Mauricio Pellegrino feels it is crucial for Valencia not to show Bayern Munich too much respect in their Champions League Group F opener at the Allianz Arena.

The 40-year-old trainer realises that the German giants will pose a stern test for Los Che to overcome, but is confident his players are ready for Wednesday’s curtain raiser.

“We have to avoid showing them too much respect, that would be the biggest mistake we could make. We also have to refrain from making too many small errors,” Pellegrino remarked at a press conference.

“What I expect from my players is that they stay calm and play as well as they can. I know very well how good they are.

“My boys are ready for the game. We are well prepared and we know our opponents quite well.

“I am not thinking too much about Bayern. They will be our opponents, but I am concentrating on my own team and what we can do.”

The clash of the 2001 Champions League finalists is scheduled to kick off at 20:45CET.

Bayern brimming with confidence ahead of Valencia game, says Heynckes

Jupp Heynckes has stressed that Bayern Munich are full of confidence ahead of their Champions League Group F opener against Valencia.

The Bavarians’ coach is aware that Los Che are among the top teams in Spain, but believes his side have more than enough quality to come out victorious in Wednesday’s encounter at the Allianz Arena.

“We go into tomorrow’s game high on confidence,” Heynckes told reporters. “It really seems we have added quality to our squad over the summer and it is good to have alternatives on the bench – that will be important for the rest of the season.

“Valencia are among the top three in Spain – just remember 2000 and 2001 [when they twice finished Champions League runners-up].

“The team of today is very well organised and physically strong. Their pressing is great and I have a lot of respect for them.”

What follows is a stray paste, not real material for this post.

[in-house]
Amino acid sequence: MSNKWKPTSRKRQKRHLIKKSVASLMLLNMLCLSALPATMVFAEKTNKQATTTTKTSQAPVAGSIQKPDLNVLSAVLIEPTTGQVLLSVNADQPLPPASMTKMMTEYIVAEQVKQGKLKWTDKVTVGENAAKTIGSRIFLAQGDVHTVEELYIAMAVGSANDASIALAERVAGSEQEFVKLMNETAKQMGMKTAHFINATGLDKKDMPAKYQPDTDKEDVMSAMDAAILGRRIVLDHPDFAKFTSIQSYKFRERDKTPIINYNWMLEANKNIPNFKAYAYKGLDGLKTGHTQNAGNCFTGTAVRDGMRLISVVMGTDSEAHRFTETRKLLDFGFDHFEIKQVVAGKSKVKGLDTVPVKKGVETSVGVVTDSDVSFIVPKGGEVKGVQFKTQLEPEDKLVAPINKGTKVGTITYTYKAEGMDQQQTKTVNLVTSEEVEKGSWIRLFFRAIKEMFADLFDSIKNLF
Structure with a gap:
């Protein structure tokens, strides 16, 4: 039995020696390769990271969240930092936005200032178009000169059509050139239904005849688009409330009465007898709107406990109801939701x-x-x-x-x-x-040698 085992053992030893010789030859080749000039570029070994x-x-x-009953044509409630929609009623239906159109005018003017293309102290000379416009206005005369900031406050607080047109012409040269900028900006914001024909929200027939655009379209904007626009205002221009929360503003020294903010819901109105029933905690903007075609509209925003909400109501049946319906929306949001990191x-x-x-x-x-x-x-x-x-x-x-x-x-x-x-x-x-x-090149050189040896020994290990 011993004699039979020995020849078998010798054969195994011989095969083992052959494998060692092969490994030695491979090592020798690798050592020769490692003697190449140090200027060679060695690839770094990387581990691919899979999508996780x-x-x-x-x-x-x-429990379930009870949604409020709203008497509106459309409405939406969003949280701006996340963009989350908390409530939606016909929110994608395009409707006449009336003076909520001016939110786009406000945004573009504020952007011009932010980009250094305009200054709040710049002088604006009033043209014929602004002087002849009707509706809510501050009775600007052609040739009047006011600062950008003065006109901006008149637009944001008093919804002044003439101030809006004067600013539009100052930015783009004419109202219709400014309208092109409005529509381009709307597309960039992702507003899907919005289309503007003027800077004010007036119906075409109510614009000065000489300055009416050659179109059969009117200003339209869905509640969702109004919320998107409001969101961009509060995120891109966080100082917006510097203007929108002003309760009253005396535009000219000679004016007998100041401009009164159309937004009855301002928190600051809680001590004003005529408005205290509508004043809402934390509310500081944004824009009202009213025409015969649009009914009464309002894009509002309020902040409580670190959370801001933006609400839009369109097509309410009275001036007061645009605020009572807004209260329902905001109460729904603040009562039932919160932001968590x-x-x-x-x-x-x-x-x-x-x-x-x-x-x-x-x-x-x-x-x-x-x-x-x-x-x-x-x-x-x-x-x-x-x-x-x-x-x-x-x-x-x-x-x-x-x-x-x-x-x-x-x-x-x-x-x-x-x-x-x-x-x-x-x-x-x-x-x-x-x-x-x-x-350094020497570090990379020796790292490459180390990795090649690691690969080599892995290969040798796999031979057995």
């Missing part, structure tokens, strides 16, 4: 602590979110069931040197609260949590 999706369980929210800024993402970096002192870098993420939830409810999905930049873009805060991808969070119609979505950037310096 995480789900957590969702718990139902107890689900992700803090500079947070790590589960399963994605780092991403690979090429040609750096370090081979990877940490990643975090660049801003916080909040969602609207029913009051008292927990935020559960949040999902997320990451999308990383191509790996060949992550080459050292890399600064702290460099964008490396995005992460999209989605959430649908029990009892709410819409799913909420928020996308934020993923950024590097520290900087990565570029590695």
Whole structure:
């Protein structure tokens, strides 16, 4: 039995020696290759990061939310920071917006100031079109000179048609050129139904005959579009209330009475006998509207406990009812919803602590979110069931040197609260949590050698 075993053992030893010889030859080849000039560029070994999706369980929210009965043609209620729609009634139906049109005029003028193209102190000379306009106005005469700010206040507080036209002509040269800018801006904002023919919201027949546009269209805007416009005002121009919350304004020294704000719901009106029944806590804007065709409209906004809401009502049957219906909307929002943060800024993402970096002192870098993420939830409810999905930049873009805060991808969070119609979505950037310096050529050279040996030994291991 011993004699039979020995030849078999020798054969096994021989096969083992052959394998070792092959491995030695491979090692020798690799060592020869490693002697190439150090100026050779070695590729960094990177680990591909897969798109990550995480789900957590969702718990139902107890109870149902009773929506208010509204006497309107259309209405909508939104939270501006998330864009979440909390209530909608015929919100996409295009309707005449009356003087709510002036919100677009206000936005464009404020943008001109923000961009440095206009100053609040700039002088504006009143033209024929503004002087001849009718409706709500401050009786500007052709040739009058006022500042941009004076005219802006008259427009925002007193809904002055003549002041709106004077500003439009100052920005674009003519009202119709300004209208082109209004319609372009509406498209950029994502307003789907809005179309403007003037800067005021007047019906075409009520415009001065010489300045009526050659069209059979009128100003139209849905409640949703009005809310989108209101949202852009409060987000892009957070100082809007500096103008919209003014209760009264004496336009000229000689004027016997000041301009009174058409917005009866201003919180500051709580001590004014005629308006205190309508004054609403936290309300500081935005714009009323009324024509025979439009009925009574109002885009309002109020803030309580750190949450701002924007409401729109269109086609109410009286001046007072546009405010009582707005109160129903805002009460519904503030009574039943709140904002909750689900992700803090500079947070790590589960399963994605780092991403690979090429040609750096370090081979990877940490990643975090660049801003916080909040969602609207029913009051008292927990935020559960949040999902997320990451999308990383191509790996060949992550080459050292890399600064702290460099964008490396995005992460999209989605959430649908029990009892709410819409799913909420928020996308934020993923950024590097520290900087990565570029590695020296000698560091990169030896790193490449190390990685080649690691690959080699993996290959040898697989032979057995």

Heynckes then went onto say that Bayern are no longer thinking about last season’s loss against Chelsea in the final of the elite club tournament, and instead are focused on surviving the group stage. 

“We no longer linger on our final defeat [by Chelsea]. This is a new season and we have to concentrate on our group now – everything else is just hypothetical,” the former Real Madrid boss added.

“The past is the past and I do not think about it anymore. It is not relevant to talk about the Champions League final in London either. We have to survive the group and then we will see.”

Bayern’s clash with Valencia kicks off at 20:45CET.

Robben: Valencia are very good, but not Barcelona or Madrid

Bayern Munich winger Arjen Robben has warned that Valencia are a force to be reckoned with ahead of Wednesday’s Champions League encounter, but added that they are not of the same level as Barcelona and Real Madrid.

The Dutchman ended up on the losing side three times out of five when facing Valencia during his time at Madrid, and has nothing but respect for Mauricio Pellegrini’s men.

“They’re a very good team, not Madrid or Barcelona, but not very far off,” Robben was quoted as saying on the club’s official website.

Defenders Holger Badstuber and Philipp Lahm are wary of Valencia too, as they feel los Che could cause Bayern problems if they are not at their best.

“They’re dangerous. They always cause trouble for the very big clubs in Spain. We’ll have to concentrate very hard,” stated Badstuber.

“Wednesday will be a proper test. Valencia are a top team, they’re almost always in the Champions League, and almost always one of the best three clubs in Spain. However, we want to go through in first place,” added Lahm.

The match at the Allianz Arena is scheduled to kick off at 20:45CET.